Showers increase Thursday; Isolated heavy rain Friday

finger lakes weather forecast thursday may 31 2018 rain thunder
Showers will be possible on Thursday as humid air pushes north. Isolated flash flooding could develop on Friday. [Photo by Coreen Briggs]

Rain Chances Rise

Southeast winds have set up across the Finger Lakes between high pressure off the coast of New England and low pressure over Michigan.

A frontal boundary extends east from this low, separating dry air to the northeast and increasingly humid air over the Finger Lakes.

finger lakes weather thursday may 31 2018 7am dewpoints
Thursday morning’s dewpoint map shows a sharp gradient between abnormally dry air over the Adirondacks and soupy tropical air southwest of the Finger Lakes. [Click image to enlarge]
Dewpoints will rise today into the upper 60s as atmospheric moisture becomes well above normal.

The southeast winds will keep much of the region in the 70s, but as the winds come off the higher elevations of Central New York and the Southern Tier,  the northern Finger Lakes will warm due to the “downsloping” wind. Rochester could reach the mid 80s with highs near 80 degrees extending to Geneva and Syracuse.

Especially in these areas, the atmosphere will become unstable enough for a few scattered showers and thunderstorms as a disturbance rides along the frontal boundary.

Some showers are possible this morning with a few more showers and thunderstorms developing in the late afternoon.

Overall, the coverage of the rain should be spotty, but there will be some potential for heavier downpours where it does rain.

Once the sun sets, the atmosphere will become stable and precipitation should quickly dissipate.

Flash Flood Threat Friday

Friday will have a more significant chance of rain and thunder as a cold front moves into the region.

Winds will be more southerly or even southwesterly, leading to more instability.

As the cold front moves in, showers and thunderstorms should develop during the afternoon. Winds aloft will be light, so thunderstorms will be slow moving and prone to redeveloping over the same areas.

With copious amounts of moisture in the atmosphere, this could lead to isolated, but significant flash flooding issue. In other words, 98% of the region will probably not see flooding on Friday, but the 2% that does could see moderate to major impacts.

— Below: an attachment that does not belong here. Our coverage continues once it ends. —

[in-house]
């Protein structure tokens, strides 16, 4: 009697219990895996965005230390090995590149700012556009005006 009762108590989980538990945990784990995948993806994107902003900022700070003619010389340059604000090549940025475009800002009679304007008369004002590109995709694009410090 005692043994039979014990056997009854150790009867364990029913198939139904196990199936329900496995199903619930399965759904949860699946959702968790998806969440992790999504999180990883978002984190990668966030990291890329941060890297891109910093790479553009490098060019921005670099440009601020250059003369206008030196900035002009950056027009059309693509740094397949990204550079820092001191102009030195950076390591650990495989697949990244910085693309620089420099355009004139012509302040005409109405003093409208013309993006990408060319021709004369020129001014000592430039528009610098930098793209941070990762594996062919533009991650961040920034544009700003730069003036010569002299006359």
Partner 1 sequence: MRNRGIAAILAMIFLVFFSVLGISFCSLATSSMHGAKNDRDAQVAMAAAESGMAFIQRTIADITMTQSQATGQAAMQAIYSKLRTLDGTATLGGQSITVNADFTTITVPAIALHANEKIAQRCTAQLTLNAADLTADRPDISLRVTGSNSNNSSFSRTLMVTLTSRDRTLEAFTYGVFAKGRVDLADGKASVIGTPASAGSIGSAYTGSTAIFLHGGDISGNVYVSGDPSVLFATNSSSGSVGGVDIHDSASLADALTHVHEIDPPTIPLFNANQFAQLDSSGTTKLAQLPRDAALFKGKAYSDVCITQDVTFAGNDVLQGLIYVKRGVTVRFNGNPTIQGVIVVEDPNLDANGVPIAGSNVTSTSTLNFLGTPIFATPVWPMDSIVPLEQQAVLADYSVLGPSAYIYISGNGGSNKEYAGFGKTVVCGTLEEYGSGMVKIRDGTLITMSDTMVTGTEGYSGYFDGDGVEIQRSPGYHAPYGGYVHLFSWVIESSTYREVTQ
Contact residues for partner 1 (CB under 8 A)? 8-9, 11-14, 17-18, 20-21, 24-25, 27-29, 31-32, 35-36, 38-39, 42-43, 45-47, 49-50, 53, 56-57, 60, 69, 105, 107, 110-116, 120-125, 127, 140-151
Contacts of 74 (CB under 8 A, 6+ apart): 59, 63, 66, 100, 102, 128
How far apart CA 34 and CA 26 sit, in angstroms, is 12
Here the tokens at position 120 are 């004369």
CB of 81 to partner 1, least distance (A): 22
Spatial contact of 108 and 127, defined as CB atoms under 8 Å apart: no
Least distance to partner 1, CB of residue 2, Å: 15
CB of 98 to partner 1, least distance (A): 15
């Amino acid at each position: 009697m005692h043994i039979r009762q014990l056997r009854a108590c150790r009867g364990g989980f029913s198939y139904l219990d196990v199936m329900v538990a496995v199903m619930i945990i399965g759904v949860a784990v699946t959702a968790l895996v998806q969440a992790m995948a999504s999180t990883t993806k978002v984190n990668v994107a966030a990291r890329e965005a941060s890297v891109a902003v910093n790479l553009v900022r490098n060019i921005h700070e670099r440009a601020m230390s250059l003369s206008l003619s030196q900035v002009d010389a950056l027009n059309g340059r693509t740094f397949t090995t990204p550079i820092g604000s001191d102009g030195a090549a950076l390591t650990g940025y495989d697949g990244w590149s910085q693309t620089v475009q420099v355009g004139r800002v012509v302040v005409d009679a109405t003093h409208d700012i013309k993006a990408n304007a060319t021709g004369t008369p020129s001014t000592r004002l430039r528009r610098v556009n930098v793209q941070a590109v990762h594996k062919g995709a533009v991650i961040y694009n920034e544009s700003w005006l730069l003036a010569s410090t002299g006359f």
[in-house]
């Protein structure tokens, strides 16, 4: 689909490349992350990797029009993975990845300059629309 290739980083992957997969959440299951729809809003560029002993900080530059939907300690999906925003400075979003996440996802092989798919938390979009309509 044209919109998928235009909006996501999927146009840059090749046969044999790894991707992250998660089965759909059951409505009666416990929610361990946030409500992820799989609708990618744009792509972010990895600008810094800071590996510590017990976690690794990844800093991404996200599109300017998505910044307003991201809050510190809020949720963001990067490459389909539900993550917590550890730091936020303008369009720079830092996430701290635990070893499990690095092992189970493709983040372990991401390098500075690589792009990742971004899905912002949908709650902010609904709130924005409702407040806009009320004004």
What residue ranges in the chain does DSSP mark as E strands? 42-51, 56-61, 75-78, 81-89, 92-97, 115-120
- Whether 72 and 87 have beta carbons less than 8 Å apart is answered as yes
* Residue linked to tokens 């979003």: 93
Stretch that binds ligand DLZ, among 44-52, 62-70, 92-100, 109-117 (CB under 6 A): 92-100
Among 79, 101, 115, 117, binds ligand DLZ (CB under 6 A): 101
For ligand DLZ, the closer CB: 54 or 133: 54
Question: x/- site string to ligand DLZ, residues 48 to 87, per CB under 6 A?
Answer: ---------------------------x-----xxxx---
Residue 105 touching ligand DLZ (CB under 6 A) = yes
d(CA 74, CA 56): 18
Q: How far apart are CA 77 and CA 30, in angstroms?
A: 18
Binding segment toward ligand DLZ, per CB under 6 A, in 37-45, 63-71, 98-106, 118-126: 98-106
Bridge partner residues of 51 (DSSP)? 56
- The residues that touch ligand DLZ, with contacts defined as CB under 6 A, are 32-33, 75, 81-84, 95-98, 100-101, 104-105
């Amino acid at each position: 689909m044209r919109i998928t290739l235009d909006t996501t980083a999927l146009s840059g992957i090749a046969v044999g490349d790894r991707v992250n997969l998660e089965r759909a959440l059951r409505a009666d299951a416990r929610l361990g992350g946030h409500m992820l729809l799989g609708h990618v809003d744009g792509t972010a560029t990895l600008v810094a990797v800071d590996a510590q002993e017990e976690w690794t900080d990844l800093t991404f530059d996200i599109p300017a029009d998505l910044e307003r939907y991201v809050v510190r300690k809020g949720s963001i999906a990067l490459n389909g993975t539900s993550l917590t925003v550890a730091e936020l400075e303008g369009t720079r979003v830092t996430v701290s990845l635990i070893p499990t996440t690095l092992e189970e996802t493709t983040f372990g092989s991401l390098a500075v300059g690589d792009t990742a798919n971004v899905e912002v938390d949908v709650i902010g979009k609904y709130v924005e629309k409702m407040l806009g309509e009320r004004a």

As usual, urbanized area, and steep terrain and gorges will be especially prone to the flooding.

The severe threat will be limited due to the light winds aloft, but a brief gusty wind cannot be totally ruled out.

High temperatures should rise to around 80 degrees before the thunderstorms initiate and the atmosphere cools.

Areas of fog will be possible Friday evening in areas that see rainfall during the afternoon.

Cooler Weekend

Behind the cold front, north winds will set up for Saturday. Not only will these north winds bring cooler air into the region, but Lake Ontario will have a role in modifying the air further.

High temperatures will only reach low 60s along the lakeshore, with mid 60s for most of the Finger Lakes. The Southern Tier should reach the upper 60s as the influence of Lake Ontario disappears.

The amount of sunshine on Saturday is a bit uncertain. Clouds will be likely in the morning, but sunshine will attempt to come out during the day. The clouds may ultimately win out though, with just scattered appearances of the sun, especially during the late afternoon.

Sunday is not looking much sunnier. Winds will turn back to the southeast, tapping into a combination of moisture from the Atlantic Ocean and moisture left behind by Friday’s front.

Like today, temperatures will be warmest in the northern Finger Lakes due to the downsloping of the wind off of the higher elevations. Mid 70s will be possible there, with upper 60s and low 70s further south.

Models have trended dryer for the daytime hours Sunday, trading the scattered showers that were expected for a steady rain Sunday night.

The first half of next week looks quite chilly with highs threatening to not reach 60 degrees. Scattered showers will remain a possibility as well. With plenty of cloud cover in place, frost is not expected to be a concern, though the potential will be monitored.

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Follow Meteorologist Drew Montreuil:
Meteorologist Drew Montreuil has been forecasting the weather in the Finger Lakes region since 2006 and has degrees in meteorology from SUNY Oswego (B.S. with Honors) and Cornell (M.S.). Drew and his wife have four young boys. When not working or playing with the boys, he is probably out for a run through the countryside.

2 Responses

  1. John Gregoire

    Drew, At some point would you explain the use and meaning of dew point vs humidity?

    • Meteorologist Drew Montreuil

      Humidity, or the moisture in the atmosphere, is measured in a number of ways.

      I typically use dewpoint. The dewpoint is the temperature at which moisture in the air will condense into water. So, if the dewpoint and temperature are the same, expect fog or rain. The higher the dew point, the more moisture there is because warm air can hold more water than cold air.

      Relative Humidity, which I very rarely use, is how much moisture is in the atmosphere relative to how much it can hold. 80% humidity with a temperature of 40º is very different than 80% humidity with a temperature of 75º. People misuse relative humidity all the time, saying things like “It was 90º with 100% humidity!” That is saying the temperature and dewpoint were both 90º which never happens.

      Another measure I use heavily but don’t report on is Precipitable Water. This one is a lot more complex and confusing to the general public, but is a great forecasting tool, especially in these high-moisture, flash-flooding situations. Our PWAT values over the next two days will be on the order of 2-3 standard deviations above normal.